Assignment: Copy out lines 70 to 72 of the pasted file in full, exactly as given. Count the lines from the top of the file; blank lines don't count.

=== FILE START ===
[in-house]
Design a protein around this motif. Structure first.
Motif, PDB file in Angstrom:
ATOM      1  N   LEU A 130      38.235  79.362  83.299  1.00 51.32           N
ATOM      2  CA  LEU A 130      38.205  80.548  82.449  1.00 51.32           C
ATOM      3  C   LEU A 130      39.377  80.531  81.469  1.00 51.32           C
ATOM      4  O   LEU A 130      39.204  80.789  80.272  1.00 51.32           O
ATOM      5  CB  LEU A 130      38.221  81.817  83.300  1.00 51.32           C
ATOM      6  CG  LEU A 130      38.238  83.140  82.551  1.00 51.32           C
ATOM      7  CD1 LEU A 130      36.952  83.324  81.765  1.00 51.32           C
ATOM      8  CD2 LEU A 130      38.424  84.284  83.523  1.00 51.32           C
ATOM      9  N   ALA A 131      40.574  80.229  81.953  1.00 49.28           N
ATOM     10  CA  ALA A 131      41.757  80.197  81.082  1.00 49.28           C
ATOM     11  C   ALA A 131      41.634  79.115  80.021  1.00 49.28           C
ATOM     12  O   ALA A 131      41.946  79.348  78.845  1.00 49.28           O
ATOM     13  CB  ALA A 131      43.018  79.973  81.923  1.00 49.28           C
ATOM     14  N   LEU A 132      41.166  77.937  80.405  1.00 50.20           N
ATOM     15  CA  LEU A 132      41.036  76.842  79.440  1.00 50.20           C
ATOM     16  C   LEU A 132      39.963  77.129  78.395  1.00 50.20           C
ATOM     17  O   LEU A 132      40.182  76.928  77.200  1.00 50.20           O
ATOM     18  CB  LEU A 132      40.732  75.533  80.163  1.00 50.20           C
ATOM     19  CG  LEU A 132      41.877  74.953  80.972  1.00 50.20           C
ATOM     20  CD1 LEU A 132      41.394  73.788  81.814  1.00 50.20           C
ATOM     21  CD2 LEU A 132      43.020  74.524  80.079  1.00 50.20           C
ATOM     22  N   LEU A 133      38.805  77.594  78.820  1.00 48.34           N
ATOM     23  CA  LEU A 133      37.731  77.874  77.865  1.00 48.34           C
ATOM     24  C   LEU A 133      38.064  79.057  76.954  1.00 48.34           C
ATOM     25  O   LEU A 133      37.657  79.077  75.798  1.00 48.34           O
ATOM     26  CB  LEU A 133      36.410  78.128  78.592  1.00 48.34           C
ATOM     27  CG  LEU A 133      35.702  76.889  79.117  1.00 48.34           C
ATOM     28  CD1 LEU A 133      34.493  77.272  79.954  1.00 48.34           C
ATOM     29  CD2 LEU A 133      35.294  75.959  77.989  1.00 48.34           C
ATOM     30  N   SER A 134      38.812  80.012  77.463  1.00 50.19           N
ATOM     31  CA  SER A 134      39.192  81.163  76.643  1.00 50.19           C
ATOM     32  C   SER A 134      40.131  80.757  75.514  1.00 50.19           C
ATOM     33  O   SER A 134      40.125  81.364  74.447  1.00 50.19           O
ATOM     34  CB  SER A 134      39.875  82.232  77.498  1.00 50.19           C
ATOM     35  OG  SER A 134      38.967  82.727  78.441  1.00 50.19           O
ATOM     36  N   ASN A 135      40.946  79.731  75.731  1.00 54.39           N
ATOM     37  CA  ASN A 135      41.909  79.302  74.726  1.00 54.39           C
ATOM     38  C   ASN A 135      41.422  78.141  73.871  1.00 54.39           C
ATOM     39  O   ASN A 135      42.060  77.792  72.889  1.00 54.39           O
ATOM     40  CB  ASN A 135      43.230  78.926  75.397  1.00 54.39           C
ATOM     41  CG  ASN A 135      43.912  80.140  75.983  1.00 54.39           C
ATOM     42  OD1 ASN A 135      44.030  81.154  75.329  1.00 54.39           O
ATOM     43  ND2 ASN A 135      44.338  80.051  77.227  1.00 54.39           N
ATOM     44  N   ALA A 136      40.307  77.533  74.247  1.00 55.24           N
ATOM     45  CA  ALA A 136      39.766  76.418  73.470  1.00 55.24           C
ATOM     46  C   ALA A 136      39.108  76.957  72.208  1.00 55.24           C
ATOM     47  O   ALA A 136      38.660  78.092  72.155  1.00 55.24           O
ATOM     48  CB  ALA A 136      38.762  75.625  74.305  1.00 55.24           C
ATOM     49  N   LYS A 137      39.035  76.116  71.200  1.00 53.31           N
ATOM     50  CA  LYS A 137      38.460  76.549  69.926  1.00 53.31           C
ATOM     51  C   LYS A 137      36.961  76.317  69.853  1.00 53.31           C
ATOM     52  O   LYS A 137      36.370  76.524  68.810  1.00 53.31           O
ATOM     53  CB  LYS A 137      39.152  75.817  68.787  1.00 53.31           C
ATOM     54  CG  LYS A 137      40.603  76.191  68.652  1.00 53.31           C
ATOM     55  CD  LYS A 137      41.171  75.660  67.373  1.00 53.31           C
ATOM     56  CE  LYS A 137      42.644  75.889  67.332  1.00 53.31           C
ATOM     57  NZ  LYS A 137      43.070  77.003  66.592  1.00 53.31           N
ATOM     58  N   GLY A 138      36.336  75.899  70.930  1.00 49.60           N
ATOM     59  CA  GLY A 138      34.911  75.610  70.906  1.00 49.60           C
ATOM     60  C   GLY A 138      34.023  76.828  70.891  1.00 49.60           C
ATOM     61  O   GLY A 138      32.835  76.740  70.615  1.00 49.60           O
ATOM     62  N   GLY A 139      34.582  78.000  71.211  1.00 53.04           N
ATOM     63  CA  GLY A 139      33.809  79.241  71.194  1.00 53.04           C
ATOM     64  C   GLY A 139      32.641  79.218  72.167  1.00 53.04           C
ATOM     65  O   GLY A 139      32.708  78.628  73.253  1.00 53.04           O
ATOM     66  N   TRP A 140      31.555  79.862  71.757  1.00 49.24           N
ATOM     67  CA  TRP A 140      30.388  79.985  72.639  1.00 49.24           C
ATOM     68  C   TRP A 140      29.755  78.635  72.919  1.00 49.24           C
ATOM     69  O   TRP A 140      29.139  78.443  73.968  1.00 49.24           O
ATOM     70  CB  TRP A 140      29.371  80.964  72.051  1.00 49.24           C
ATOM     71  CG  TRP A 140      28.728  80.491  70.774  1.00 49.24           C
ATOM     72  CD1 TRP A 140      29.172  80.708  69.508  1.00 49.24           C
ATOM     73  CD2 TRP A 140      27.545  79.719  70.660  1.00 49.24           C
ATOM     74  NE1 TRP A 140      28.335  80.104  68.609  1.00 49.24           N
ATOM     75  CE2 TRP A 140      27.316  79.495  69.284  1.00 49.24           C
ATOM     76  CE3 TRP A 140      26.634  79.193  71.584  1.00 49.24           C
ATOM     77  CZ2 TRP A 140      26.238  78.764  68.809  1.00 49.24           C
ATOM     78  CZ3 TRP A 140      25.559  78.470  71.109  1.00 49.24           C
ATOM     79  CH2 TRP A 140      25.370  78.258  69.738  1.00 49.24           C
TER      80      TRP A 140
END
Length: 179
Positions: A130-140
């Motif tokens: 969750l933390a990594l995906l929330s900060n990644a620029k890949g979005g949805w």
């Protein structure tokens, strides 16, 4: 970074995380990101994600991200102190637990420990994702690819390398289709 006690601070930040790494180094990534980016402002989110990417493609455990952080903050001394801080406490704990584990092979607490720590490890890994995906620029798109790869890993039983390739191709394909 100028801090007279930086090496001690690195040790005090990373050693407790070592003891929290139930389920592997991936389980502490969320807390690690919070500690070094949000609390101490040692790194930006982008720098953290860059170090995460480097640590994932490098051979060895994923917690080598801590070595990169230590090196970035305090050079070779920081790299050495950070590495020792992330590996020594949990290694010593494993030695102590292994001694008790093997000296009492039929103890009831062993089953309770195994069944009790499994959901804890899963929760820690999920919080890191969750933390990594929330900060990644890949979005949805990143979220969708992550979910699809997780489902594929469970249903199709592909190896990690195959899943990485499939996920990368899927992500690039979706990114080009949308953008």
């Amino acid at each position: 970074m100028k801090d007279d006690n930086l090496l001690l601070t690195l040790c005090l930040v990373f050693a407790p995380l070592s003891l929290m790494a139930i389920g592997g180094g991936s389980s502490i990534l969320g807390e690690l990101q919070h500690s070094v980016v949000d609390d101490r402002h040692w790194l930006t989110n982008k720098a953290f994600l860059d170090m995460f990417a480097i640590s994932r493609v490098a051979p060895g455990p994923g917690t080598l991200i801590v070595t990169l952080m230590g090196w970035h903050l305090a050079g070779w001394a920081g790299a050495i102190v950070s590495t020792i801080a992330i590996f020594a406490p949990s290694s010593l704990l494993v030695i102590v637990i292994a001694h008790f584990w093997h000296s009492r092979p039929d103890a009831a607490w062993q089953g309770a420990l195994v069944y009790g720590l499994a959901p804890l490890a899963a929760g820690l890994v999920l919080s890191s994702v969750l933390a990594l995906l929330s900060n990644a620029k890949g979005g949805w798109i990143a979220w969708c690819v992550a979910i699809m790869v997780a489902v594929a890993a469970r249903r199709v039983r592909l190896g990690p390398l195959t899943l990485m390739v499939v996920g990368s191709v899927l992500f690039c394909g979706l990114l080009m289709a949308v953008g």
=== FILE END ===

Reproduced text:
ATOM     67  CA  TRP A 140      30.388  79.985  72.639  1.00 49.24           C
ATOM     68  C   TRP A 140      29.755  78.635  72.919  1.00 49.24           C
ATOM     69  O   TRP A 140      29.139  78.443  73.968  1.00 49.24           O